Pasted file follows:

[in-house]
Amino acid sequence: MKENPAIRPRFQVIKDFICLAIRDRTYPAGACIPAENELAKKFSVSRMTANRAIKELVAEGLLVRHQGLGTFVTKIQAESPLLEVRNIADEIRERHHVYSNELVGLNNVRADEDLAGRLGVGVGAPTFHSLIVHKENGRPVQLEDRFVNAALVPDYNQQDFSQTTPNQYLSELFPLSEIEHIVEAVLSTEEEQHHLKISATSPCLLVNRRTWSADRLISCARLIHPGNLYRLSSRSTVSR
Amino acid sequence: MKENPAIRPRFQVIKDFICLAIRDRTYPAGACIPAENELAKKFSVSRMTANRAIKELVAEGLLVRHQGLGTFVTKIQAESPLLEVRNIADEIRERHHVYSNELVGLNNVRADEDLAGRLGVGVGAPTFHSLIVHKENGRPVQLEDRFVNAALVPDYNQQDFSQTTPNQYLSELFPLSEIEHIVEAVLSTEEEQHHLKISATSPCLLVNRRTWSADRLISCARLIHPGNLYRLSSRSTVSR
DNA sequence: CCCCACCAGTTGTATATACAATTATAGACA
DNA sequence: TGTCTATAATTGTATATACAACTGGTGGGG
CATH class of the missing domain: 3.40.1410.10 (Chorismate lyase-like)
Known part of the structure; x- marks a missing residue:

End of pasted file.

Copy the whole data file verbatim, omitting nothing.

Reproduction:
[in-house]
Amino acid sequence: MKENPAIRPRFQVIKDFICLAIRDRTYPAGACIPAENELAKKFSVSRMTANRAIKELVAEGLLVRHQGLGTFVTKIQAESPLLEVRNIADEIRERHHVYSNELVGLNNVRADEDLAGRLGVGVGAPTFHSLIVHKENGRPVQLEDRFVNAALVPDYNQQDFSQTTPNQYLSELFPLSEIEHIVEAVLSTEEEQHHLKISATSPCLLVNRRTWSADRLISCARLIHPGNLYRLSSRSTVSR
Amino acid sequence: MKENPAIRPRFQVIKDFICLAIRDRTYPAGACIPAENELAKKFSVSRMTANRAIKELVAEGLLVRHQGLGTFVTKIQAESPLLEVRNIADEIRERHHVYSNELVGLNNVRADEDLAGRLGVGVGAPTFHSLIVHKENGRPVQLEDRFVNAALVPDYNQQDFSQTTPNQYLSELFPLSEIEHIVEAVLSTEEEQHHLKISATSPCLLVNRRTWSADRLISCARLIHPGNLYRLSSRSTVSR
DNA sequence: CCCCACCAGTTGTATATACAATTATAGACA
DNA sequence: TGTCTATAATTGTATATACAACTGGTGGGG
CATH class of the missing domain: 3.40.1410.10 (Chorismate lyase-like)
Known part of the structure; x- marks a missing residue: